• the code returns a value (code in PEP was missing a return in schedule)
  • we don’t use a class, and allow only one function to be scheduled at once (yes, we could get rid of the queue)
  • we allow tail calls [where Tail = namedtuple(“Tail”, ["result"])] to save some more memory.

For a more generic version of that, you might want to re-add exception passing, but the exceptions will then have long tracebacks, so I’m not sure how well they will work if you have deep recursion.

Now, the advantage of that is that our parser now requires constant stack space, because the actual real stack is stored in the heap using tuples which are used like singly-linked lists in scheme here. So, the only recursion limit is available memory.

A disadvantage of that transformation is that the code will run slightly slower for small inputs that could be handled using a normally recursive parser.

Written by Julian Andres Klode

January 11, 2013 at 12:30

Posted in Python

Cleaning up the system with pseudo-boolean optimization

You can use a PBO solver to clean up your system from unneeded automatically installed packages. First of all, you convert the system state to PB, and add an optimization function telling it to remove as many automatically installed packages as possible. Then you run this thing through a solver (such as clasp, which seems the fastest solver for PBO instances in the Debian archive) and convert its output to human-readable package names.

Code is provided at http://anonscm.debian.org/gitweb/?p=users/jak/cleanup.git, under the MPL 2.0. You need to have python-apt and clasp installed to use it. There is potential minisat+ support, but it’s currently a bit broken.

To use, run python program_builder.py, and it will tell you which packages are no longer needed on your system. It ignores Suggests, if you want those in, you have to hack the code and replace {“Recommends”} by {“Recommends”, “Suggests”}. You can also turn of such dependencies by setting Program.hard_softdeps to False.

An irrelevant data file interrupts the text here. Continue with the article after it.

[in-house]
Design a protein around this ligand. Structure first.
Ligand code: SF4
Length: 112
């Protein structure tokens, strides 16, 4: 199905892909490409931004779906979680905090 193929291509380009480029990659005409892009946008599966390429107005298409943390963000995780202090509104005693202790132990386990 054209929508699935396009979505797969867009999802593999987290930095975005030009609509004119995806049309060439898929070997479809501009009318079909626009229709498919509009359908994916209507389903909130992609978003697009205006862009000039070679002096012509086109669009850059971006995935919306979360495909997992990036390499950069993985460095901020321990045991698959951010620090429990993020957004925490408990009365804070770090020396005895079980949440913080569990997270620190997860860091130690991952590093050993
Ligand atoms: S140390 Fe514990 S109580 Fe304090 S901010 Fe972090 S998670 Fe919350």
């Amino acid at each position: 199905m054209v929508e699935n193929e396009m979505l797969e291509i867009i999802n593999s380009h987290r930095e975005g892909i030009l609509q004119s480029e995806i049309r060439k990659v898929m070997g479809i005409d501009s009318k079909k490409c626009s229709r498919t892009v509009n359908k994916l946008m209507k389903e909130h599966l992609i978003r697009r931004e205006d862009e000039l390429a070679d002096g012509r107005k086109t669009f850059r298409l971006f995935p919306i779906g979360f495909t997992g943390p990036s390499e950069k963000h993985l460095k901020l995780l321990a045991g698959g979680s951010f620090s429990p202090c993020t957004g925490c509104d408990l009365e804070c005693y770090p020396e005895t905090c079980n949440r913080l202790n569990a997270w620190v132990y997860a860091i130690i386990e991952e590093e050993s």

Written by Julian Andres Klode

August 16, 2012 at 20:45

Posted in APT2, Debian, Python

Implicit preferences in OR dependencies

Debian packages commonly use or dependencies of the form “a | b” to mean that a or b should be installed, while preferring option a over b. In general, for resolving an or dependency, we will try all options from the left to the right, preferring the left-most option. We also prefer real packages over virtual ones. If one of the alternatives is already installed we use that.

def solve_or(or):
  best_real = None
  best_virtual = None
  for dep in or:
     for target in dep:
        if target.name == dep.name and best_real is None:
           best_real = target
        if target.name != dep.name and best_virtual is None:
           best_virtual = target        
        if target.is_installed():
          return target

  return best_real if best_real is not None else best_virtual

Now, this way of solving dependencies is slightly problematic. Let us consider a package that depends on: a | b, b. APT will likely choose to install ‘a’ to satisfy the first dependency and ‘b’ to satisfy the second. I currently have draft code around for a future version of APT that will cause it to later on revert unneeded changes, which means that APT will then only install ‘b’. This result closely matches the CUDF solvers and cupt’s solver.

On the topic of solving algorithms, we also have the problem that optimizing solvers like the ones used with apt-cudf do not respect the order of dependencies, rather choosing to minimise the number of packages installed. This causes such a solver to often do stuff like selecting an sqlite database as backend for some service rather then a larger SQL server, as that installs fewer packages.

To make such solvers aware of the implicit preferences, we can introduce a new type of dependency category: Weak conflicts, also known as Recommends-Not. If a package P defines a Recommends-Not dependency against a package Q, then this means that Q should not be installed if P is installed. Now, if we have a dependency like:

Depends: a | b | c

we can encode this as:

Recommends-Not: c, c, b

Causing the solver to prefer a, then b, and then c. This should be representable as a pseudo-boolean optimization problem, as is common for the dependency problem, although I have not looked at that yet — it should work by taking the standard representation of conflicts, adding a relaxation variable and then minimising [or maximising] the number of relaxation variables.

Written by Julian Andres Klode

August 11, 2012 at 16:27

Posted in APT2, Debian, General